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March 26, 2013

Wolfram: Software the Hard Part

Isaac Lopez

The development of algorithms that enable non-data scientists and executives the ability to access big data will be the over-arching trend over the next 5 years says luminary Stephen Wolfram in a recent interview.

“It’s going to become possible for executives and others to just ask natural language questions and expect that those questions can be answered using computation and the data that the their organization has accumulated,” suggested the prolific innovator who once predicted that even programming will one day be done in natural language.

The challenge, says Wolfram, will chiefly be on the side of the software and algorithmic infrastructure, and developing the proper predictive systems that take advantage of the data.

“I don’t think [hardware] is going to be that difficult,” explains Wolfram. “The amounts of data that even the largest enterprises have these days, it’s not outrageously big relative to hardware that becomes available.” The real issue, says Wolfram, is the computation that gets done on top of that hardware.

“It’s not going to be just a bunch of SQL databases and people writing SQL queries and things,” says Wolfram. “It’s something where you need more sophisticated tools, more layers of algorithmic computation to be able to take advantage of what’s happening with data.”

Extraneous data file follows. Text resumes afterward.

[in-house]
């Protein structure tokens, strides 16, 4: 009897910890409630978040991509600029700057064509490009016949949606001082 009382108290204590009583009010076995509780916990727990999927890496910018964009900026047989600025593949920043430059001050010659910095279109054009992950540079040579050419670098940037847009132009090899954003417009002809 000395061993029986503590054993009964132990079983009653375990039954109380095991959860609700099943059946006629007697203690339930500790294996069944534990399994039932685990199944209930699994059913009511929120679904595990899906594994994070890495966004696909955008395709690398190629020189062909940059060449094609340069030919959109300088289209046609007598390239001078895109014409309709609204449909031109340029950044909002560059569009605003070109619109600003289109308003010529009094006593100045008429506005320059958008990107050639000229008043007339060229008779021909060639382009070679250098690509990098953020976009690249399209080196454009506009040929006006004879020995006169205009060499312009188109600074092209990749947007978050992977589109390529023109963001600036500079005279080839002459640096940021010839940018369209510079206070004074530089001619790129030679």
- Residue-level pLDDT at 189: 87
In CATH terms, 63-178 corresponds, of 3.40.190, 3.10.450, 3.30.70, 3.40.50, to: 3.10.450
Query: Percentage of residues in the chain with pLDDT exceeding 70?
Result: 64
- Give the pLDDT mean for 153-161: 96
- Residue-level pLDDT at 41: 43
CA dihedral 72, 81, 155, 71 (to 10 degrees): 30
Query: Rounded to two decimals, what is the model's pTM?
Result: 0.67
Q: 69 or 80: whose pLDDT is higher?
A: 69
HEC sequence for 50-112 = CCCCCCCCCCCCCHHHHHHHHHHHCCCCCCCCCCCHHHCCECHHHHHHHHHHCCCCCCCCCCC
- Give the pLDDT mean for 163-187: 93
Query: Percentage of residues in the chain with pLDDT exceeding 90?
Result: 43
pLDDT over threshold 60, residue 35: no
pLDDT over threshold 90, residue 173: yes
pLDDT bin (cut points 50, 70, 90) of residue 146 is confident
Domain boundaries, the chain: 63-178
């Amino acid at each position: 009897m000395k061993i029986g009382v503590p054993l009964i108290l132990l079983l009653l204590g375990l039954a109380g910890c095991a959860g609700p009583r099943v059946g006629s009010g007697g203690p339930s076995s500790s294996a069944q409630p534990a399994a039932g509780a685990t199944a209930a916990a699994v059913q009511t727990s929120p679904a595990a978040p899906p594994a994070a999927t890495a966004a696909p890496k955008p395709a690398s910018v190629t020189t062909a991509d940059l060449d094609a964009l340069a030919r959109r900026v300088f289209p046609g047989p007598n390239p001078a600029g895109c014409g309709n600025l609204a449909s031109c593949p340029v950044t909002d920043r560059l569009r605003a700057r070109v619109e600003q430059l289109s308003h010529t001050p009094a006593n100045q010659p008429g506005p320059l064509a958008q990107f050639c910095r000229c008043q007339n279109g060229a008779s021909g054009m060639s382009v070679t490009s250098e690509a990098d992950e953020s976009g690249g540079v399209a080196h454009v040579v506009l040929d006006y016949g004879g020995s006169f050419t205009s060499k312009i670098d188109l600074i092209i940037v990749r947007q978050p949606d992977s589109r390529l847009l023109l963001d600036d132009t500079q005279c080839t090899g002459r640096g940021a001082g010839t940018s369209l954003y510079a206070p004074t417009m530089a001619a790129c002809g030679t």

No stranger to complex systems, Wolfram says that he finds it shocking how primitive data science is. He notes that Wolfram Research has a team that consists of a lot of ex-experimental particle physicists who have noted that the rate at which we get data into the Wolfram web analytics systems is comparable to the rate that their particle detectors used to get when they were doing particle physics. The startling difference, says Wolfram, is the predictability of the subjects being observed

“When you look at the curves when they were doing particle physics, they’d be really jagged curves,” explains Wolfram. “You look at the data you get now in web analytics, you get perfectly smooth curves. It’s so strange because one would think stuff involving people would be much more complicated – but it isn’t true. Yet can we explain the curves we get from what people do? Now we can’t. That area of science is really not well developed.”

Wolfram laments that there seems to be slow progress in trying to understand humans as simple computational elements, how they interact, and what their aggregate behavior is.

The technology visionary advises that this shortcoming is an opportunity for those prepared to seize it. He explains that the rise of the data scientist will provide potential for innovation and career advancement for those moving into the field.

“Don’t work on the plumbing stuff, because that’s going to get automated – work on the stuff that is going to take humans, and ingenuity and creativity to figure out,” advises Wolfram.

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